Last Updated: Wednesday, 22 November 2017, 17:20 GMT

Country Reports on Terrorism 2013 - Tajikistan

Publisher United States Department of State
Publication Date 30 April 2014
Cite as United States Department of State, Country Reports on Terrorism 2013 - Tajikistan, 30 April 2014, available at: [accessed 23 November 2017]
DisclaimerThis is not a UNHCR publication. UNHCR is not responsible for, nor does it necessarily endorse, its content. Any views expressed are solely those of the author or publisher and do not necessarily reflect those of UNHCR, the United Nations or its Member States.

Overview: In 2013, Tajikistan continued to address weaknesses in its counterterrorism strategy and demonstrated its ability to conduct counterterrorism operations. Tajikistan's counterterrorism policies were focused on marginalizing violent Islamist extremist groups in Tajikistani society. In 2013, Tajikistan conducted various meetings with its fellow Collective Security Treaty Organization (CSTO) and Shanghai Cooperation Organization (SCO) member countries to enhance cooperation in the sphere of counterterrorism and border security. Tajikistan sought to increase military and law enforcement capacity to conduct tactical operations through bilateral and multilateral assistance programs, including with the United States.

Legislation, Law Enforcement, and Border Security: The Tajikistani government prosecuted terrorists under the Law on Combating Terrorism, the Law on Anti-Money Laundering, the Law on Currency Regulation, the Law on Notary, and the Criminal Code of the Republic of Tajikistan. Resource constraints, corruption, lack of training for effective law enforcement and border security officials, and general capacity issues continued to plague the Tajikistani government's ability to interdict possible terrorists.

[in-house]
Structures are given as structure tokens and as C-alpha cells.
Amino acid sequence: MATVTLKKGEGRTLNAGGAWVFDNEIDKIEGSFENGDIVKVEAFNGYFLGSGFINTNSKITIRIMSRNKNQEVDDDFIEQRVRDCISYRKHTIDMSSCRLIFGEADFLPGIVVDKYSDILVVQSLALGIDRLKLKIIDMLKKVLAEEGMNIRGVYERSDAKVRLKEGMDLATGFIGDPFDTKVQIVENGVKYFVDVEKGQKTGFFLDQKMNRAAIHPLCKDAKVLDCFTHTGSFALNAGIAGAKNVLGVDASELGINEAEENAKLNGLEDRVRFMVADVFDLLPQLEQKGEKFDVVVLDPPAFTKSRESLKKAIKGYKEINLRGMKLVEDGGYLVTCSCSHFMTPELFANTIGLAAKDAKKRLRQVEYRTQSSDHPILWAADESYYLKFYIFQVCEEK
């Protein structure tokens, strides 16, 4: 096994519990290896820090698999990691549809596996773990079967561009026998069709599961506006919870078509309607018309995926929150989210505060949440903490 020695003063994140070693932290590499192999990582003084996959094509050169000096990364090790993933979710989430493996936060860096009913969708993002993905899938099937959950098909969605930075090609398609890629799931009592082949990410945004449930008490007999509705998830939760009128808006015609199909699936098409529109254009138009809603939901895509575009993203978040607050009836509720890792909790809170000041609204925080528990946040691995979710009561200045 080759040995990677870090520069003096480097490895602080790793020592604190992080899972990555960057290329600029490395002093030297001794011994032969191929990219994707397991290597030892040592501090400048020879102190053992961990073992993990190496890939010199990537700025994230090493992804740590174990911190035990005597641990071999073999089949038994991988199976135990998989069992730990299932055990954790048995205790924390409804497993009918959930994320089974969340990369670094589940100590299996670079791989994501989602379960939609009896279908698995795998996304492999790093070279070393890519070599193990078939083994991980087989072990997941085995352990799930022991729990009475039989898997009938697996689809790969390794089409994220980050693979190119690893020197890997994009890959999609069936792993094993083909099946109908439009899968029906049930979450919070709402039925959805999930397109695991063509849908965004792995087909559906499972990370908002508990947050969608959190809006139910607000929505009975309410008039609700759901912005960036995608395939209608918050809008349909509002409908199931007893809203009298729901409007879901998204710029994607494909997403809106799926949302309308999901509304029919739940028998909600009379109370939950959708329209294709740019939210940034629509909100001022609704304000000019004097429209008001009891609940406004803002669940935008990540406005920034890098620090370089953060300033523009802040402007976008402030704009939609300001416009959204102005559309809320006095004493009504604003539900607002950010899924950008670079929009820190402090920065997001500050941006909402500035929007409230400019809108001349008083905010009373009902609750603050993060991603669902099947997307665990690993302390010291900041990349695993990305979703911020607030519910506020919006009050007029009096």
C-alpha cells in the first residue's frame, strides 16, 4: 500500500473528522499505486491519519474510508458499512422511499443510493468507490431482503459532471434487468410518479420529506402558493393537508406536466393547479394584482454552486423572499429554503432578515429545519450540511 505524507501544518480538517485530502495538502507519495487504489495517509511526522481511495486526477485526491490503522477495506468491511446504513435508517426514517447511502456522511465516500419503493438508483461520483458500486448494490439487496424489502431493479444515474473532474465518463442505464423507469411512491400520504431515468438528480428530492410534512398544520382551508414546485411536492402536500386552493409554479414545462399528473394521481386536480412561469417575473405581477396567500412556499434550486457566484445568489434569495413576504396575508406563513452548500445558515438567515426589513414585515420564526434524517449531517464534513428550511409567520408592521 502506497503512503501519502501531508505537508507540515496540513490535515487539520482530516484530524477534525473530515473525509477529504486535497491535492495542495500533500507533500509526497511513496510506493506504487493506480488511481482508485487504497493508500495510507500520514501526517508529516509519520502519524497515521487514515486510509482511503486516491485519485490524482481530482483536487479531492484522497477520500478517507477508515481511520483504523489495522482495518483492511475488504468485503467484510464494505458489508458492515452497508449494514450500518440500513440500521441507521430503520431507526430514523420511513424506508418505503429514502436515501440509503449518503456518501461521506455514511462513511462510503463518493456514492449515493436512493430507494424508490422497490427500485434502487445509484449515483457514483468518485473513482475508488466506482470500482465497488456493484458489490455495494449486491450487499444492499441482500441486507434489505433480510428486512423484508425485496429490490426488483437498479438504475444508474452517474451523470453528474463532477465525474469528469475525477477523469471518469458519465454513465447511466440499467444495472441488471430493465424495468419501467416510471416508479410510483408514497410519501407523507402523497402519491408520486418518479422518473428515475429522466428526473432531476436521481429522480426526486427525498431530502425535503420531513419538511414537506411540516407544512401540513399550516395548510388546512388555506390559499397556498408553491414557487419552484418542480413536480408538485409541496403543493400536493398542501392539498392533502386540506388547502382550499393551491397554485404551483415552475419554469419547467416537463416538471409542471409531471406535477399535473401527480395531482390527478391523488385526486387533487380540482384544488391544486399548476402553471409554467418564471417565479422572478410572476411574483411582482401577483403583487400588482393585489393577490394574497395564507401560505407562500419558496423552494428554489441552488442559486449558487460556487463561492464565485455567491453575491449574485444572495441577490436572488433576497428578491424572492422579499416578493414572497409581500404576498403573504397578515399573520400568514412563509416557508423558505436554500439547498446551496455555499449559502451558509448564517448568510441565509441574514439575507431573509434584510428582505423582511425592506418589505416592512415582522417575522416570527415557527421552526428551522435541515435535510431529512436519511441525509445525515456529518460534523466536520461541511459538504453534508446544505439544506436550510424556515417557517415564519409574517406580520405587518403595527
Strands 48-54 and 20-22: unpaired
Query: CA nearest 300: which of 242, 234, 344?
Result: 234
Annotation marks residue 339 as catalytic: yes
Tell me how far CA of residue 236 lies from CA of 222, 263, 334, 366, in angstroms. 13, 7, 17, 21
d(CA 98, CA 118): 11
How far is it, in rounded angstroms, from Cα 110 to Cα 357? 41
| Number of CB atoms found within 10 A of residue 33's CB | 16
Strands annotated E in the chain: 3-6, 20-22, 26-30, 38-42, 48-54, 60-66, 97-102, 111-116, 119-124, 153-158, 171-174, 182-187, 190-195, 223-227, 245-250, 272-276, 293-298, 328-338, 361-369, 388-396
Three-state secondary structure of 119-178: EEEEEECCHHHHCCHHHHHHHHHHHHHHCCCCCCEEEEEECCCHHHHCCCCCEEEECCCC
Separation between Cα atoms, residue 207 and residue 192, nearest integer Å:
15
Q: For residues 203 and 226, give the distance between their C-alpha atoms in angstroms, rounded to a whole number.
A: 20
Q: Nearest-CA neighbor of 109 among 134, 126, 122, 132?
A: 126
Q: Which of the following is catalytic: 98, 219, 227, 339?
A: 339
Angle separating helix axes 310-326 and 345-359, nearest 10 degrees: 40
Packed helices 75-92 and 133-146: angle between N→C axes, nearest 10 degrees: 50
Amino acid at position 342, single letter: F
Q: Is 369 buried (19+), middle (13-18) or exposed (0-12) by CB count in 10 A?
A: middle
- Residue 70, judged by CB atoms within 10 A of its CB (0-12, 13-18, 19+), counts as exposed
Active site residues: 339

Throughout 2013, Tajikistan was an active participant in the Department of State's Antiterrorism Assistance (ATA) program, and other U.S.-sponsored counterterrorism training programs. ATA focused on delivering training and equipment to build Tajikistani capacity to secure the country's borders. ATA assistance also included instructor development courses to improve the abilities of Tajikistani officers to share lessons from ATA training with their colleagues.

Tajikistan continued to make progress in improving border security with bilateral and multilateral assistance, although effectively policing the Tajikistani/Afghan border was a difficult task requiring more resources and capabilities than were available to the Tajikistani government. In 2013, the Tajikistani government established an interagency Secretariat, which met regularly throughout the year to coordinate implementation of Tajikistan's 2010 National Border Management Strategy. The International Organization for Migration and the OSCE worked to improve travel document security. The OSCE also provided funding to link Tajikistan's existing passport data scanners at airports and land ports of entry to the Interpol database. The Bureau of International Narcotics and Law Enforcement, the Border Management Program in Central Asia, and the UN Office on Drugs and Crime worked to improve border infrastructure, promote inter-agency cooperation, provide direct training, and expand training capacity in Tajikistan.